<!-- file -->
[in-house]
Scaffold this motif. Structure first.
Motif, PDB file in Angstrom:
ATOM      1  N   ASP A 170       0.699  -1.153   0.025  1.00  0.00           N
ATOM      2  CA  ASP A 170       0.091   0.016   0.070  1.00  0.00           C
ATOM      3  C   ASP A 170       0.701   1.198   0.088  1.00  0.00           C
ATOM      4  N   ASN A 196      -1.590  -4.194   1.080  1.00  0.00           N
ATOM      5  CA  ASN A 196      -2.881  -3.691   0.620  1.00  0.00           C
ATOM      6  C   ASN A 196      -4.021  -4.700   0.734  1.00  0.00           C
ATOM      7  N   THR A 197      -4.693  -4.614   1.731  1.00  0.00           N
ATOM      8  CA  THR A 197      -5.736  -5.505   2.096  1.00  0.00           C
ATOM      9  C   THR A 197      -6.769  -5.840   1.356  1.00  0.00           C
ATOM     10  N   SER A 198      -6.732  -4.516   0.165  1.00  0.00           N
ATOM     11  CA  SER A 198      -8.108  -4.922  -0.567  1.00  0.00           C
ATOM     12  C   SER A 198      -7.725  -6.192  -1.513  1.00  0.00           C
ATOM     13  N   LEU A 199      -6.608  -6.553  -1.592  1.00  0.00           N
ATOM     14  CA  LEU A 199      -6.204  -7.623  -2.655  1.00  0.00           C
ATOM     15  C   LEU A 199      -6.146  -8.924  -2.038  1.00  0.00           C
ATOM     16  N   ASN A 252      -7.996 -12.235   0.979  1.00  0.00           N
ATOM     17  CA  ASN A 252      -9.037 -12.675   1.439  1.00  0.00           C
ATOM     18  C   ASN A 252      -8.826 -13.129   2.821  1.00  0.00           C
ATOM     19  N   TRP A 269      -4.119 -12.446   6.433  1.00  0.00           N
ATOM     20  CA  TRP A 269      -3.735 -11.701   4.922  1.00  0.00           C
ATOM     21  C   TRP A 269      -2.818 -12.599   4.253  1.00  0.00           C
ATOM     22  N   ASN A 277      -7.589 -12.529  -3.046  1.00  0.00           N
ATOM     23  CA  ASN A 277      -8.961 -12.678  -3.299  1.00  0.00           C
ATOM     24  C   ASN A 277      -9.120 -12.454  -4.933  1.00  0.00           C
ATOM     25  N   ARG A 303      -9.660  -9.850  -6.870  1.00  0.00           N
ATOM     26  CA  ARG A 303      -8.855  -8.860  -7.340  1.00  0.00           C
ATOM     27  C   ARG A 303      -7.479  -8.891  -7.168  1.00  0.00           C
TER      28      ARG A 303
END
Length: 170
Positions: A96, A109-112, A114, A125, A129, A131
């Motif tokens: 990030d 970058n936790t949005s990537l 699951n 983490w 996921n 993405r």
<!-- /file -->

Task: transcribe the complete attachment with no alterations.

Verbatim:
[in-house]
Scaffold this motif. Structure first.
Motif, PDB file in Angstrom:
ATOM      1  N   ASP A 170       0.699  -1.153   0.025  1.00  0.00           N
ATOM      2  CA  ASP A 170       0.091   0.016   0.070  1.00  0.00           C
ATOM      3  C   ASP A 170       0.701   1.198   0.088  1.00  0.00           C
ATOM      4  N   ASN A 196      -1.590  -4.194   1.080  1.00  0.00           N
ATOM      5  CA  ASN A 196      -2.881  -3.691   0.620  1.00  0.00           C
ATOM      6  C   ASN A 196      -4.021  -4.700   0.734  1.00  0.00           C
ATOM      7  N   THR A 197      -4.693  -4.614   1.731  1.00  0.00           N
ATOM      8  CA  THR A 197      -5.736  -5.505   2.096  1.00  0.00           C
ATOM      9  C   THR A 197      -6.769  -5.840   1.356  1.00  0.00           C
ATOM     10  N   SER A 198      -6.732  -4.516   0.165  1.00  0.00           N
ATOM     11  CA  SER A 198      -8.108  -4.922  -0.567  1.00  0.00           C
ATOM     12  C   SER A 198      -7.725  -6.192  -1.513  1.00  0.00           C
ATOM     13  N   LEU A 199      -6.608  -6.553  -1.592  1.00  0.00           N
ATOM     14  CA  LEU A 199      -6.204  -7.623  -2.655  1.00  0.00           C
ATOM     15  C   LEU A 199      -6.146  -8.924  -2.038  1.00  0.00           C
ATOM     16  N   ASN A 252      -7.996 -12.235   0.979  1.00  0.00           N
ATOM     17  CA  ASN A 252      -9.037 -12.675   1.439  1.00  0.00           C
ATOM     18  C   ASN A 252      -8.826 -13.129   2.821  1.00  0.00           C
ATOM     19  N   TRP A 269      -4.119 -12.446   6.433  1.00  0.00           N
ATOM     20  CA  TRP A 269      -3.735 -11.701   4.922  1.00  0.00           C
ATOM     21  C   TRP A 269      -2.818 -12.599   4.253  1.00  0.00           C
ATOM     22  N   ASN A 277      -7.589 -12.529  -3.046  1.00  0.00           N
ATOM     23  CA  ASN A 277      -8.961 -12.678  -3.299  1.00  0.00           C
ATOM     24  C   ASN A 277      -9.120 -12.454  -4.933  1.00  0.00           C
ATOM     25  N   ARG A 303      -9.660  -9.850  -6.870  1.00  0.00           N
ATOM     26  CA  ARG A 303      -8.855  -8.860  -7.340  1.00  0.00           C
ATOM     27  C   ARG A 303      -7.479  -8.891  -7.168  1.00  0.00           C
TER      28      ARG A 303
END
Length: 170
Positions: A96, A109-112, A114, A125, A129, A131
């Motif tokens: 990030d 970058n936790t949005s990537l 699951n 983490w 996921n 993405r």